We started this publication because my friends and I believe in helping others, whether that be financial, health, or pragmatic life advice. We don’t want to be just any publication, we want to build a community.
To make good on that promise we started our own Facebook group for you to share your articles and grow as writers. I’ll explain more over there on Facebook.
This is only the start of our commitment to bring amazing talented writers like yourself together.
We’ll update you weekly through this newsletter of our best stories featured on Yard Couch and what updates we’re working on. …
The best part about writing for USA Today Network is the ability to work with other writers.
You add a paragraph here, they add a sentence there, and in the end, you write something beautiful. Often it’s better than anything you could have managed on your own.
It’s like Scottie Pippen throwing up an alley-oop for Michael Jordan. That’s how I feel when another writer pulls a great quote or improves my work with a saucy adjective.
It’s two people working in a flow state. It’s awesome.
Writing is not an isolated event. You, the reader, are here with me right now. …
There’s no better person at explaining fasting than Dr. Jason Fung. Fung has created a model for food and fat storage where our body chooses to put away calories in our fridge or our freezer — he calls it the “Two Compartment Model.”
It explains that when we eat our body can store energy in our glycogen (fridge) for immediate energy. Or the body can store energy as fat (in the freezer) through a process called de novo lipogenesis (creating new fat).
Reducing your calories makes your body store more since it thinks it is starving. Essentially, your body thinks you’re crazy. It doesn’t want you to lose weight. …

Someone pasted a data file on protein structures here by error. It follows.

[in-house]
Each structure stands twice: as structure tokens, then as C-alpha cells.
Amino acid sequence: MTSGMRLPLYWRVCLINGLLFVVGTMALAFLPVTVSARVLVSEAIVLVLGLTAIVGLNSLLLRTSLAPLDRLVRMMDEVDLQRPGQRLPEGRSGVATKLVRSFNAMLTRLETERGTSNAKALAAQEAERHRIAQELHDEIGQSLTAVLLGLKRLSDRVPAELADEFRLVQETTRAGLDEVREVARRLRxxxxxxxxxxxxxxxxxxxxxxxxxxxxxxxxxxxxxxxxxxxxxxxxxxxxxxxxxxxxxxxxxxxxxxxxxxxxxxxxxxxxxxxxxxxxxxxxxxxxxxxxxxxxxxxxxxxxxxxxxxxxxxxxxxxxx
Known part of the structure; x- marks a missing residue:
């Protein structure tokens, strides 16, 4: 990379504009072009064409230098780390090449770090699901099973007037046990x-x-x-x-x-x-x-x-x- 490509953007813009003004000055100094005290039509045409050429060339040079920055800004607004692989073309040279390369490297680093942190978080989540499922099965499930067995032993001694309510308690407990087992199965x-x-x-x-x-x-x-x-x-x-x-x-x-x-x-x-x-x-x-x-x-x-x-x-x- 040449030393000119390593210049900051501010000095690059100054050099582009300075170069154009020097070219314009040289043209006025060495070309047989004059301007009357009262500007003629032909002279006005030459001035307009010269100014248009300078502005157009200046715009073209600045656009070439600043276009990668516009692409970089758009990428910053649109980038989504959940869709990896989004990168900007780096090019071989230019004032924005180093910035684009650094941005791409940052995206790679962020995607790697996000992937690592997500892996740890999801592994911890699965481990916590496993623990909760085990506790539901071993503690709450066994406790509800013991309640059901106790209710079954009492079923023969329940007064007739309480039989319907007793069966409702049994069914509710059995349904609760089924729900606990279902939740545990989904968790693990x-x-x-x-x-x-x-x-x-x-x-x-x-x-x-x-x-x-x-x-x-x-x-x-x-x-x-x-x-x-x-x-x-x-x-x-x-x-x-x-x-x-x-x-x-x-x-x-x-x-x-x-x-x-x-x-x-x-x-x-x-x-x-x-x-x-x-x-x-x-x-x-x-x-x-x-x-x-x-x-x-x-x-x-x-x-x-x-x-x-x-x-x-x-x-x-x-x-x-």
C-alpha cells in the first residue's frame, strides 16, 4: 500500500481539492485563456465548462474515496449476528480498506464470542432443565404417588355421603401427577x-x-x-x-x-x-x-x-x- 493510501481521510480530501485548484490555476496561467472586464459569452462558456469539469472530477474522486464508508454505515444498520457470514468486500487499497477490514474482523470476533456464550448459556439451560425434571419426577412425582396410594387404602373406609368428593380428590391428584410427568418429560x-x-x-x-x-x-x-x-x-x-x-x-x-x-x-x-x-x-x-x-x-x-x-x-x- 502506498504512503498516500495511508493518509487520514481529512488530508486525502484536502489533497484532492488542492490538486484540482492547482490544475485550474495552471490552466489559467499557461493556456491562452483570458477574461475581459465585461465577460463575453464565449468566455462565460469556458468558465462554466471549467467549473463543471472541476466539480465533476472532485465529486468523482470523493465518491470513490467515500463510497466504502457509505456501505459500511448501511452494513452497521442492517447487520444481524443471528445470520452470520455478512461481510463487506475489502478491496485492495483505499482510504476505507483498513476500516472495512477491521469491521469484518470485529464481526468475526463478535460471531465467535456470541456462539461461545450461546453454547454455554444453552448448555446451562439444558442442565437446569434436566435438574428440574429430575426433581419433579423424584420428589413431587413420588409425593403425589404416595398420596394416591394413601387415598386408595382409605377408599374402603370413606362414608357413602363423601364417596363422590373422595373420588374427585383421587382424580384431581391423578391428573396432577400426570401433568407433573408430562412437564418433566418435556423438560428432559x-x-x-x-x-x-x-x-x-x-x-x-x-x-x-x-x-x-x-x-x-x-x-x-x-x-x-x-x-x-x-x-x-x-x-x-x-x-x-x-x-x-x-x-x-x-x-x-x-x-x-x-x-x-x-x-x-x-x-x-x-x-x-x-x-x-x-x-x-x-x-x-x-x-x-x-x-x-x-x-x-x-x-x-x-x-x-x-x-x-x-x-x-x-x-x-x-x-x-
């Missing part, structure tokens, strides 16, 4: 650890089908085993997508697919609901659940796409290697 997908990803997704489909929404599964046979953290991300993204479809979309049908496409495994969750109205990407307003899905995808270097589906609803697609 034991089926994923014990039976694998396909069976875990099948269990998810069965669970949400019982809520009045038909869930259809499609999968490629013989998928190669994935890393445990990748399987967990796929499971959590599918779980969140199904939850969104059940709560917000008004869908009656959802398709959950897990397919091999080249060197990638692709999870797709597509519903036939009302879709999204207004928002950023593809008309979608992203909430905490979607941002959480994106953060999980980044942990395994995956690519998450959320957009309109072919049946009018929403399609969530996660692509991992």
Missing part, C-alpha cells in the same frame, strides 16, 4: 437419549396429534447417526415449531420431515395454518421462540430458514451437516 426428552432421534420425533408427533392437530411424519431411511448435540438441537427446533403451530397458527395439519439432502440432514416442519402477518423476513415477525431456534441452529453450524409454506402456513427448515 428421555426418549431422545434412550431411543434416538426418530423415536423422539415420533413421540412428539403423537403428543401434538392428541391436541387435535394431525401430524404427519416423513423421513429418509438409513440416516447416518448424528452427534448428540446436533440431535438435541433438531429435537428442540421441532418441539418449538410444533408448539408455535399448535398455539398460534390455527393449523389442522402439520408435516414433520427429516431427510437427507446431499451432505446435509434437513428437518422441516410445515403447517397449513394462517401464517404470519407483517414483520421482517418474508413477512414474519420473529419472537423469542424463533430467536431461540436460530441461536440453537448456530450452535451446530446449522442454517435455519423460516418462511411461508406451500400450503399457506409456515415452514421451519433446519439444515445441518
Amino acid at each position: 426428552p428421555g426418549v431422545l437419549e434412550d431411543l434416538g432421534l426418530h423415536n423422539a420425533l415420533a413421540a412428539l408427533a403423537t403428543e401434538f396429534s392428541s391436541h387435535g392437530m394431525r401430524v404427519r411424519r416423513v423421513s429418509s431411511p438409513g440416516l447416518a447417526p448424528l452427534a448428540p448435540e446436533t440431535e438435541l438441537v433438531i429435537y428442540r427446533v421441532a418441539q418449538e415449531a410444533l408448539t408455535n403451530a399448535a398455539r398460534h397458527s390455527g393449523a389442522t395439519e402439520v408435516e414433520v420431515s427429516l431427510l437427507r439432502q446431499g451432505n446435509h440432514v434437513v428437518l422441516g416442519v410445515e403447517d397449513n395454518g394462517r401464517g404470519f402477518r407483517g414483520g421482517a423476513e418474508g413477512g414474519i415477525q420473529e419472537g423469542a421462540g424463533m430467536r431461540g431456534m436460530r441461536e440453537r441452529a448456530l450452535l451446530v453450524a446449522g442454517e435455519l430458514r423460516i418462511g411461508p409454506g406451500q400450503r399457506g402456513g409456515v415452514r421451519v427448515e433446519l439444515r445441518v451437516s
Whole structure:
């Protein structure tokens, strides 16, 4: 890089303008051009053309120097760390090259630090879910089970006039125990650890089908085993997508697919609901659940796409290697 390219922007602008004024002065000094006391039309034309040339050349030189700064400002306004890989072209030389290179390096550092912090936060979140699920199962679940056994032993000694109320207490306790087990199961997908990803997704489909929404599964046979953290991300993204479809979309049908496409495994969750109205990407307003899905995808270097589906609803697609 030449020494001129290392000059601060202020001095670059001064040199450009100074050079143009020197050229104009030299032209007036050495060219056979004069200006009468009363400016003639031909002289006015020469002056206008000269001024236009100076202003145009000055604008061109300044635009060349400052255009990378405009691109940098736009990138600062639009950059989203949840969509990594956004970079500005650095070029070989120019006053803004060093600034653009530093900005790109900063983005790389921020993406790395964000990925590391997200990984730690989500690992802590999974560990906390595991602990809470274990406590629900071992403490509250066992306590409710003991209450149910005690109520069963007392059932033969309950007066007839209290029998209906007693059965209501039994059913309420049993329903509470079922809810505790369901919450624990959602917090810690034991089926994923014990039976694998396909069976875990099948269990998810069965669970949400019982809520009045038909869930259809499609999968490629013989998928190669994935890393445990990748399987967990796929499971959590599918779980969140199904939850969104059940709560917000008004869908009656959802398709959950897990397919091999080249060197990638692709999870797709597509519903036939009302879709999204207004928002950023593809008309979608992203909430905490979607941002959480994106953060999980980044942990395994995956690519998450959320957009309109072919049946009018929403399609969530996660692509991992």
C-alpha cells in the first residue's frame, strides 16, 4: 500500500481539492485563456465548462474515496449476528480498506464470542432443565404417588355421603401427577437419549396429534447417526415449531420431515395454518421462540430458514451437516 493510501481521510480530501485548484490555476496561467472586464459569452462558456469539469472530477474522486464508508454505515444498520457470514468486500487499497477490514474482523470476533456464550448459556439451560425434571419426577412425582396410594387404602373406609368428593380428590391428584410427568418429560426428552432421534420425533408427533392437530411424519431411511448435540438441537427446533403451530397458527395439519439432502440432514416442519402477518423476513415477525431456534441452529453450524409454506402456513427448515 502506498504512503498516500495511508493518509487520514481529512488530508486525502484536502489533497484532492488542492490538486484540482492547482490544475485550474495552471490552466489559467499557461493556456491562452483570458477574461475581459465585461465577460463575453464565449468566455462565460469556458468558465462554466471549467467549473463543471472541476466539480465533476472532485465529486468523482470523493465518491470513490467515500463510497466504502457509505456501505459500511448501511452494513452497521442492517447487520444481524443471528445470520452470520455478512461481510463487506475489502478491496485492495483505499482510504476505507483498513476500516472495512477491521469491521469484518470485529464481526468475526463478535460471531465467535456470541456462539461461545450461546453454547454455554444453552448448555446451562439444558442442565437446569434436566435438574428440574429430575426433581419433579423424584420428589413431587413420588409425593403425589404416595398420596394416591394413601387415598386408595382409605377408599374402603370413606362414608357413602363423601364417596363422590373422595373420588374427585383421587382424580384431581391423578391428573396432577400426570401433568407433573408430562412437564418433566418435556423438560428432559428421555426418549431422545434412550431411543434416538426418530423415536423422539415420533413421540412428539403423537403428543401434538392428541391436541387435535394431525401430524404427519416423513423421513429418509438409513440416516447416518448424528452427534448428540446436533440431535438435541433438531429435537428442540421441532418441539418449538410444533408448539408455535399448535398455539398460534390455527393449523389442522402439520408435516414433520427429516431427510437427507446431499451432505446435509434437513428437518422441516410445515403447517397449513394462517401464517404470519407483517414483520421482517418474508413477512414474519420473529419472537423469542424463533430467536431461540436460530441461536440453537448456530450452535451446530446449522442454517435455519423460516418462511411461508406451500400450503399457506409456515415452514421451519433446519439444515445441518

The stock market once scared me. I downloaded Robinhood several times and deleted it before putting a single dollar in. I’d turn it on, get frustrated, and leave. It was like my Tinder account pretty much.
Then I realized something about the basics of trading stocks. It’s literally just putting your money into companies you trust.
That’s the secret.
Do you trust yourself enough to invest in the places you like? Are you going to put your money where your mouth is?
Bill Burr is a funny guy.
His stand-up specials layout everything’s that’s screwed up in the world, all in a spectacular, albeit dry hour of comedy that only he could pull off.
Burr consistently flattens late-night hosts with jokes that make woke audiences cringe. He also has a great podcast that feels like a breath of fresh air in an entertainment world that tries to emulate the success of Joe Rogan.
Bill Burr is unique in every sense of the word, but he’s also intensely baffling.
Comedians like Burr baffle me because they make too much sense. Burr says how things used to be; how kids used to get smacked upside the head when they cursed at their parents or how everyone wasn’t so easily offended and we all laugh because… well, he’s right. …